The necessity of a barrier coat??? - SailNet Community

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  #1  
Old 04-26-2009
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The necessity of a barrier coat???

How critical is a barrier coat? Probably more to the point, what does a barrier coat do?

If my boat has a non-cored hull... i.e. solid glass. do I need a barrier coat or can I just prime and paint. It will practically double my expense to have a barrier coat placed so I would rather not...But I want to do what is appropriate.

BTW she will be kept on saltwater 24-7
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Old 04-26-2009
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It's not necessary, but.......

If you leave the boat in the water 24/7 for many months, AND it is a Glass/Polyester resin boat, at some point, the likelihood of you getting blisters on the boat is high.

If you plan on parking your boat in the salt water for many months, a barrier coat is probably a good idea.

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Old 04-26-2009
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SiXeVeN, I feel your pain! I am going through the same decision now. In my case, it more than doubles the cost
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Old 04-26-2009
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Paloma is 30 years old and has been in salt water since 1979, coming out about every three years for a bottom job (annual quick hauls for power washing and check/replace zincs). Solid glas hull, never had a barrier coat and never needed one.
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That is what I have been suspecting. I thought blisters only happened on cored hulls where the fiberglas delaminates off the coring. I guess you could also get small delamination between fiberglass layers too but that would be difficult with a solid resin hull.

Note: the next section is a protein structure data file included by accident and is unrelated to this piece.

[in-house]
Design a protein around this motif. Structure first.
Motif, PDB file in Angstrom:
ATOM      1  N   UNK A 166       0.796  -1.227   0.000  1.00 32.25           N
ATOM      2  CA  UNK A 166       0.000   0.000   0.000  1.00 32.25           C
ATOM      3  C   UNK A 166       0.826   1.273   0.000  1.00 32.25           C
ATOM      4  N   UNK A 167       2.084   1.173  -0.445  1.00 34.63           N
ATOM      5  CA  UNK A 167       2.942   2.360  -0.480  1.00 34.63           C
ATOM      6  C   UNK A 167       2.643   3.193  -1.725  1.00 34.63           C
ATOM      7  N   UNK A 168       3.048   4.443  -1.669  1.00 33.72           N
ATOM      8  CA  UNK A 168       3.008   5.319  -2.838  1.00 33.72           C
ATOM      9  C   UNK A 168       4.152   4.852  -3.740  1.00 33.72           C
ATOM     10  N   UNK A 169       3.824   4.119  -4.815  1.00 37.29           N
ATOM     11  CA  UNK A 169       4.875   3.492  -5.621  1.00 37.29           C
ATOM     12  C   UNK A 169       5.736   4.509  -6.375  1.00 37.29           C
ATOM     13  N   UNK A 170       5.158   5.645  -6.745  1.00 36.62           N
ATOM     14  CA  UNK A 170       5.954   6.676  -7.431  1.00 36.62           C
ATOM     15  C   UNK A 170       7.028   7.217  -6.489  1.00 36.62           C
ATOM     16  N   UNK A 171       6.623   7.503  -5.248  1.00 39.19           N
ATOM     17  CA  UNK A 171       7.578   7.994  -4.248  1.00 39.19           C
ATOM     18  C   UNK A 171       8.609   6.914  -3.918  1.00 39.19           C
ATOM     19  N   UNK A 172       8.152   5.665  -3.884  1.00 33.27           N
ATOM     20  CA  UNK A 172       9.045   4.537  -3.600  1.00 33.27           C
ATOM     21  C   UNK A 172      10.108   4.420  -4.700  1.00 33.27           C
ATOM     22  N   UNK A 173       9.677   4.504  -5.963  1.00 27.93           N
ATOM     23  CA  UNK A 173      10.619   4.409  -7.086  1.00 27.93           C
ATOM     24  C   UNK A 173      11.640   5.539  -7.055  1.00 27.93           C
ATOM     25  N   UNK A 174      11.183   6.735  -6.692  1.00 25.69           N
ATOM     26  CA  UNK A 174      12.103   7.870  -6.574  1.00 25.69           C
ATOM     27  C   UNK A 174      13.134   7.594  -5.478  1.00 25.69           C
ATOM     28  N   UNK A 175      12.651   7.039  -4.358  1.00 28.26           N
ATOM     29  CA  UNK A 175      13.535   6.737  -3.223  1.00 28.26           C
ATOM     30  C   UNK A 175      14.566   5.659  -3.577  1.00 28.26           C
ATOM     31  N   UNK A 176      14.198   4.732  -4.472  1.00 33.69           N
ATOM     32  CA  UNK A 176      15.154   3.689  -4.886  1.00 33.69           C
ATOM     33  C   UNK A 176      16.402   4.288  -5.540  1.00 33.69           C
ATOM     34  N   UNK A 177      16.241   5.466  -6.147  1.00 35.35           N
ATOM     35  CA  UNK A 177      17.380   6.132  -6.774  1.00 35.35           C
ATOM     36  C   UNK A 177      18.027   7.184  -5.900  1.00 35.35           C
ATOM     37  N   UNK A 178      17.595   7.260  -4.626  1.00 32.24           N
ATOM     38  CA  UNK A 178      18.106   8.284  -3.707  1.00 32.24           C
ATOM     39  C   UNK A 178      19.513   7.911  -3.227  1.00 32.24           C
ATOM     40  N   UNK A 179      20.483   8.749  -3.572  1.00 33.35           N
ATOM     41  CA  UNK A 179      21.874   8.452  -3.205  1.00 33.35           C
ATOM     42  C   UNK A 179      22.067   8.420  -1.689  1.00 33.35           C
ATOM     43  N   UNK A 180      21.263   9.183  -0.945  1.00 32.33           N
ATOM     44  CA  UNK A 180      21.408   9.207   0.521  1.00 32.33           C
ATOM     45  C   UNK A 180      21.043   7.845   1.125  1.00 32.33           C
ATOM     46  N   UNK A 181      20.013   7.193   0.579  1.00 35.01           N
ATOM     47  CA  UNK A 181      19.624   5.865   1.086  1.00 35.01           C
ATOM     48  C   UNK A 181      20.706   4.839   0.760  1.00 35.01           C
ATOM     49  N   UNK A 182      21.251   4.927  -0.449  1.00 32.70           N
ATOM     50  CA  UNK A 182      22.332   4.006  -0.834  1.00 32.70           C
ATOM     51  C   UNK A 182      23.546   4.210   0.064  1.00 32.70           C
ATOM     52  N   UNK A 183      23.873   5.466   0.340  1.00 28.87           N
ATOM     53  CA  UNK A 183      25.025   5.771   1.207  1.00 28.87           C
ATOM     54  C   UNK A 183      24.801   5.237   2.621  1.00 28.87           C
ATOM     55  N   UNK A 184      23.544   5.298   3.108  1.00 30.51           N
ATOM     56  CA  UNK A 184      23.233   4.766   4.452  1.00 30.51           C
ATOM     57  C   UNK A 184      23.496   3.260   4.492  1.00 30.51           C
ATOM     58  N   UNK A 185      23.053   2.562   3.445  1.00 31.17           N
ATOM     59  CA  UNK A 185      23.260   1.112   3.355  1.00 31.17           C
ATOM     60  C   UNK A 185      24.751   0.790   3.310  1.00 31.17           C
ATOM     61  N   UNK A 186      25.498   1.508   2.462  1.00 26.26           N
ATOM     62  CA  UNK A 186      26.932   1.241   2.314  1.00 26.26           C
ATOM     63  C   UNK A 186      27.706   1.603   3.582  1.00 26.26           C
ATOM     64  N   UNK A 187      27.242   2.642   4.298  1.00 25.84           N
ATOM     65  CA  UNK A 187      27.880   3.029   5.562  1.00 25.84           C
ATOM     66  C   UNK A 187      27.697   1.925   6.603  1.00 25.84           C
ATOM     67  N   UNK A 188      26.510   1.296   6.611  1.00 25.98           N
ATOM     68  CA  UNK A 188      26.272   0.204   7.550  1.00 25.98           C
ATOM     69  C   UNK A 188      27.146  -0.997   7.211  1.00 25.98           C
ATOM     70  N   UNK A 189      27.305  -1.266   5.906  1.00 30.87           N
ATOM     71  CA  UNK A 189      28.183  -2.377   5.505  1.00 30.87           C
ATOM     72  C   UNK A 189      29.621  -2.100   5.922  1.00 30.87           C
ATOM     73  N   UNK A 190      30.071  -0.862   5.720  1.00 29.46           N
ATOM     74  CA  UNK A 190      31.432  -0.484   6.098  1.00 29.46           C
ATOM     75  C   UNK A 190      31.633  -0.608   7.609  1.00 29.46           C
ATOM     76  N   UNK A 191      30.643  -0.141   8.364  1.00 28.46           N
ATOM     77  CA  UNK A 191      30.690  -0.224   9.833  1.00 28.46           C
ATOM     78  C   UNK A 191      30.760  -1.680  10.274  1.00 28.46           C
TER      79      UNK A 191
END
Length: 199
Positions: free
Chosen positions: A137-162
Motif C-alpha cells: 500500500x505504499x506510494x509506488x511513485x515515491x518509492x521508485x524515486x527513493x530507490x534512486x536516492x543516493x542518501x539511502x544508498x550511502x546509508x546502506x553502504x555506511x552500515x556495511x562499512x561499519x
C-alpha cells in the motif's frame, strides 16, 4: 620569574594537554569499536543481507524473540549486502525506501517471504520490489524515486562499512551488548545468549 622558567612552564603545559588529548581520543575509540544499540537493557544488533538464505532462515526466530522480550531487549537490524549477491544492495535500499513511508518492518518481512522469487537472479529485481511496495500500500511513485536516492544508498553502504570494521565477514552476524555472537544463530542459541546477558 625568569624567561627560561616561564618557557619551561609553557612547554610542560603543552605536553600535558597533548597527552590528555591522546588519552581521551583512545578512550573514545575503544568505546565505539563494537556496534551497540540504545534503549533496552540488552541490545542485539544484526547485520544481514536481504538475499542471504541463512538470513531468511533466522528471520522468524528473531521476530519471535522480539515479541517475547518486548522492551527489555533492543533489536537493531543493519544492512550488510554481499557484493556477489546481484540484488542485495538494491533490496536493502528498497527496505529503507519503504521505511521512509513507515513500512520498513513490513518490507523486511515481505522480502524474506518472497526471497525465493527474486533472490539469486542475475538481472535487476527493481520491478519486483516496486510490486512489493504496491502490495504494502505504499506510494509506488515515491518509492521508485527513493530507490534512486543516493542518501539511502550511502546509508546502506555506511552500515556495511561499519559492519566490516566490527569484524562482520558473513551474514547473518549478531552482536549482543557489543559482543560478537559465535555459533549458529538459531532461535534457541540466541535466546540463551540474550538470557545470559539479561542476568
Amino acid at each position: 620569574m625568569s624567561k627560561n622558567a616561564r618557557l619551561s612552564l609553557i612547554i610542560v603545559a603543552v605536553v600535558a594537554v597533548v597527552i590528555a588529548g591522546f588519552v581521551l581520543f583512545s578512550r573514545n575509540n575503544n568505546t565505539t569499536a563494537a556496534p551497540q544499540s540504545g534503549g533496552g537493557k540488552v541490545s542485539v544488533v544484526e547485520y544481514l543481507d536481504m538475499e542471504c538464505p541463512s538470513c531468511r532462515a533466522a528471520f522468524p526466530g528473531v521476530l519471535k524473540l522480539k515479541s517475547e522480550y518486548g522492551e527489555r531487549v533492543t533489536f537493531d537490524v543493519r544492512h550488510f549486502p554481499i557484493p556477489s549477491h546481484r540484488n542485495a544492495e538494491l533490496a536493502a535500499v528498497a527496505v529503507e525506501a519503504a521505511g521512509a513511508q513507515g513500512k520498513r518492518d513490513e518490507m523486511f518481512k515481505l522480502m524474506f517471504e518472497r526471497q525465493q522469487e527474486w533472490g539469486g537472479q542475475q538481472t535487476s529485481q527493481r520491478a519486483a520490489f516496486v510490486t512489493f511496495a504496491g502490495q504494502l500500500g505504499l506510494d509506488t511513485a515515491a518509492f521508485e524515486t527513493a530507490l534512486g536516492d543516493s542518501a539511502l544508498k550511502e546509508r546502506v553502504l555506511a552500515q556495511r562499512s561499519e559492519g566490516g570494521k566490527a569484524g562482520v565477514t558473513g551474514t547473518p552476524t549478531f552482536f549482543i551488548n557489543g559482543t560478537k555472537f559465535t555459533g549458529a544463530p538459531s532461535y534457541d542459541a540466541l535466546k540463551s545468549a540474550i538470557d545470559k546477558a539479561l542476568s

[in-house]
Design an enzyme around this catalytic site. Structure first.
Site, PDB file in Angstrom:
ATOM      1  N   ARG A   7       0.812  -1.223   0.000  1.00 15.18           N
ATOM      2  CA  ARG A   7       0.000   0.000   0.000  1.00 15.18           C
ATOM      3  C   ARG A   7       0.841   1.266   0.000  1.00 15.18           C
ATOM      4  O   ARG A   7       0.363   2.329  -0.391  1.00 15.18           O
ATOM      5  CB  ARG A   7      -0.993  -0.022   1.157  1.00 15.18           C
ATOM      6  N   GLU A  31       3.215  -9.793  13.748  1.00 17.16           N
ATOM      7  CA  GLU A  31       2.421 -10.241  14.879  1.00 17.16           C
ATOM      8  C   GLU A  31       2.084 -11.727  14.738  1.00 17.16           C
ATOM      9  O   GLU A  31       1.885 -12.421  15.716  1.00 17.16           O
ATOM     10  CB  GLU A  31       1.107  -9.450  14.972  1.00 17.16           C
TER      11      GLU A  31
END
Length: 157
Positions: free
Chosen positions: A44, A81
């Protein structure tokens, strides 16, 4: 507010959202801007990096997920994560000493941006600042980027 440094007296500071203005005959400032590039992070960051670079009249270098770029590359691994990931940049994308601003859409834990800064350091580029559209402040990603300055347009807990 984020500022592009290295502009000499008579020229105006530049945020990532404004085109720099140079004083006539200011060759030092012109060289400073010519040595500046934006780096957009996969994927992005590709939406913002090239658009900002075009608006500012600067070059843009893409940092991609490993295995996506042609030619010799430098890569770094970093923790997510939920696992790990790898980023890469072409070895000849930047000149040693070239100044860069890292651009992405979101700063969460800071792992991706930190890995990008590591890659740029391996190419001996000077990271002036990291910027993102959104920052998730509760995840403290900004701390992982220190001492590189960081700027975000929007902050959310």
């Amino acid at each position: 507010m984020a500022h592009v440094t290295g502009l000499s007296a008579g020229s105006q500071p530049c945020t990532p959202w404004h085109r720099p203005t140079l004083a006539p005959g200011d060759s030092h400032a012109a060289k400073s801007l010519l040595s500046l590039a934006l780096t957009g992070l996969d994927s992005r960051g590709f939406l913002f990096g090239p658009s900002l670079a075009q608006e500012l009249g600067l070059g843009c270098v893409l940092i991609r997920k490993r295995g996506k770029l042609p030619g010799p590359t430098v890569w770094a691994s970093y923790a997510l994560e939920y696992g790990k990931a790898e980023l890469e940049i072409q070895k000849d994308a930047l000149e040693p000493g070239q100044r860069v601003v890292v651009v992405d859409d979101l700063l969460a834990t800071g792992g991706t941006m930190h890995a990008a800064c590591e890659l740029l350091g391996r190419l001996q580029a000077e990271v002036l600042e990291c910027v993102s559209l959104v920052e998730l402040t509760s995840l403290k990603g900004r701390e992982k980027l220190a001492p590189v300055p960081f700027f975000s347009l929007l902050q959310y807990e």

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Old 04-27-2009
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Blisters and delamination are two different things... any fiberglass hull—cored or solid—can blister, where water has gotten into the laminate via osmotic pressure and created blisters under high pressure that are filled with a fairly acidic substance. However, cored hulls can also delaminate, where water has gotten into the core area and either separated the foam from the laminate skins or rotted the balsa core material.

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Originally Posted by SiXeVeN View Post
That is what I have been suspecting. I thought blisters only happened on cored hulls where the fiberglas delaminates off the coring. I guess you could also get small delamination between fiberglass layers too but that would be difficult with a solid resin hull.
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If a boat shows no blistering from prior use, and is going to continue that form of use, then in my opinion, a barrier coat is not necessary. The purpose of the barrier coat is to prevent blistering...if an experienced boat has no history of blistering, why bother?

Note that being in warm water for 12 months a year is heavy use. If you were taking a Northern boat to Florida for the first season, the risk of blisters would increase dramatically from its prior use, I'd do the barrier coat then just to be safe. But if the boat has been in such waters in prior years, what's to change?
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Consider what it cost to do a barrier coat, then consider what it will cost if a blister repair job is in order, I think you'll find it an easy decision
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Quote:
Originally Posted by T37Chef View Post
Consider what it cost to do a barrier coat, then consider what it will cost if a blister repair job is in order, I think you'll find it an easy decision
What is the cost of a blister repair job? If blistering starts, is it just one or two, or do a bunch break out at once?
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Quote:
Originally Posted by jarcher View Post
What is the cost of a blister repair job? If blistering starts, is it just one or two, or do a bunch break out at once?
The cost of a blister repair job will vary as widely as the blistering conditions that might occur on a boat - from a few inconsequential dimples safe to ignore to a fully cratered, water saturated bottom needing a peel and recore repair. Read through Hull Blisters on Boats and Yachts - by David Pascoe, Marine Surveyor if you want to understand some of the causes and impacts of blisters.

Again, if the boat has been used where and how you plan to use it, inspection of the boat will tell you it's suspectability to blistering.
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